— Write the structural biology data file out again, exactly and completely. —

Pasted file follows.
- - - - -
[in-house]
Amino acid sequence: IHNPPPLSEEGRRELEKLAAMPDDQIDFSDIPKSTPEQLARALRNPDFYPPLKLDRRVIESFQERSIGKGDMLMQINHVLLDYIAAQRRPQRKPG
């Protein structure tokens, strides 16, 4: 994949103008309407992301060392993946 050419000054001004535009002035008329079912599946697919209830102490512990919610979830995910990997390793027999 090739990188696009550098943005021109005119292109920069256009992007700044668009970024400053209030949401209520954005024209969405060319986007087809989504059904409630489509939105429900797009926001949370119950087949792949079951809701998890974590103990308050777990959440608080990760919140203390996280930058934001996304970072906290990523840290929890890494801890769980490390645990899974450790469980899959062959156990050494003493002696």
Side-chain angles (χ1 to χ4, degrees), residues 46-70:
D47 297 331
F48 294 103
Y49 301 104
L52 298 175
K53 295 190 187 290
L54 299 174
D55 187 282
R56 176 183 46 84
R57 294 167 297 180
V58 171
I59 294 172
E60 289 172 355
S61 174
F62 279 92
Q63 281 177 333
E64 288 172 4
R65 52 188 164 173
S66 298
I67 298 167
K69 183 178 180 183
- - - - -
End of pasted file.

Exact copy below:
[in-house]
Amino acid sequence: IHNPPPLSEEGRRELEKLAAMPDDQIDFSDIPKSTPEQLARALRNPDFYPPLKLDRRVIESFQERSIGKGDMLMQINHVLLDYIAAQRRPQRKPG
């Protein structure tokens, strides 16, 4: 994949103008309407992301060392993946 050419000054001004535009002035008329079912599946697919209830102490512990919610979830995910990997390793027999 090739990188696009550098943005021109005119292109920069256009992007700044668009970024400053209030949401209520954005024209969405060319986007087809989504059904409630489509939105429900797009926001949370119950087949792949079951809701998890974590103990308050777990959440608080990760919140203390996280930058934001996304970072906290990523840290929890890494801890769980490390645990899974450790469980899959062959156990050494003493002696």
Side-chain angles (χ1 to χ4, degrees), residues 46-70:
D47 297 331
F48 294 103
Y49 301 104
L52 298 175
K53 295 190 187 290
L54 299 174
D55 187 282
R56 176 183 46 84
R57 294 167 297 180
V58 171
I59 294 172
E60 289 172 355
S61 174
F62 279 92
Q63 281 177 333
E64 288 172 4
R65 52 188 164 173
S66 298
I67 298 167
K69 183 178 180 183